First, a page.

With regard to writing I am struggling with throwing in the proverbial towel. I’ve been boxing my own shadows for the last thirty-five years.

I have planned and planned for how to get published and yet little has happened. My trying to control the outcome of my writing—and there has been only one acceptable outcome—being published—has resulted only in frustration.

Something is amiss. If I am meant to be published, then why—if I do the work—doesn’t that happen?

All my plans have led to disappointment. And it’s really sad that I’m unable to appreciate just being able to write.

So what is the answer?

I think it’s letting go. Going with the flow. Surrendering.

Next week I’ll share with you where I am with that.

Note that I’m “planning” to post again next Sunday. You see, I just can’t stop planning and scheduling. I’m steeped in a lifetime of control.

I wish you peace, pressed down and overflowing. I wish the same for myself.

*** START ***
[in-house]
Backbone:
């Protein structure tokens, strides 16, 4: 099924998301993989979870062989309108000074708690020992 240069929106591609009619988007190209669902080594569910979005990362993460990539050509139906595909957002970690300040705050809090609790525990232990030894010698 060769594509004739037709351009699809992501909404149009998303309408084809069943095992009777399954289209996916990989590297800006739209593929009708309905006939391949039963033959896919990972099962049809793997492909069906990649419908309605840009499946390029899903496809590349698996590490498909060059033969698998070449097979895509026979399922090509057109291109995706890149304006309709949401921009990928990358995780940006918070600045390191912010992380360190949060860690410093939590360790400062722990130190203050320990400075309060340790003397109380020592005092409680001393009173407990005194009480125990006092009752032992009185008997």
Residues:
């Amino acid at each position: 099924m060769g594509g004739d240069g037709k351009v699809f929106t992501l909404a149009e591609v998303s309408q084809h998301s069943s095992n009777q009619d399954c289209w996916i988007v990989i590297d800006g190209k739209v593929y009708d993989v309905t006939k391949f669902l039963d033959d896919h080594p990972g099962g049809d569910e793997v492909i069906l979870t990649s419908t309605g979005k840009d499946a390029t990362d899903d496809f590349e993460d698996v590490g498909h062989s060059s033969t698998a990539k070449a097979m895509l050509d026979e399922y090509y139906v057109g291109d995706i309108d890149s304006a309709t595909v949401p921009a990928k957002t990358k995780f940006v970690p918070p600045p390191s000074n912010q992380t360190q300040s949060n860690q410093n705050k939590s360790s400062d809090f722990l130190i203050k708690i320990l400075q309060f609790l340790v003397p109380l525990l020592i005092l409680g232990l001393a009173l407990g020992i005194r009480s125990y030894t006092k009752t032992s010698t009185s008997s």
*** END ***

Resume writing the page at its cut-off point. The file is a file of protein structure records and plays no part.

Sunday, November 22, 2015

The Process for Producing My Memoir

Three weeks have passed since I posted the announcement that I’d asked nine readers to assess my recently completed convent memoir. I’ve heard from four of them. By the end of the month I hope to know what the others think about the story. Today I’ll detail how I got to the fourth draft that I sent them.
      In my last posting, I explained that I began the memoir back in July 2014. By October, I had a first draft of 65,000 words. Everything was there, I thought, except for the ending. It didn’t share itself with me.
      I decided to take a month off. In that way, I might come back to the manuscript as if the words didn’t belong to me. Then I could see more easily how to edit it into a second draft.
       In fact, three months passed before I returned to writing. During that time, I experienced a severe allergic reaction to medication, deepening concern about my rising glaucoma pressure, and two bouts of pneumonia. None of this was conducive to assessing that first draft.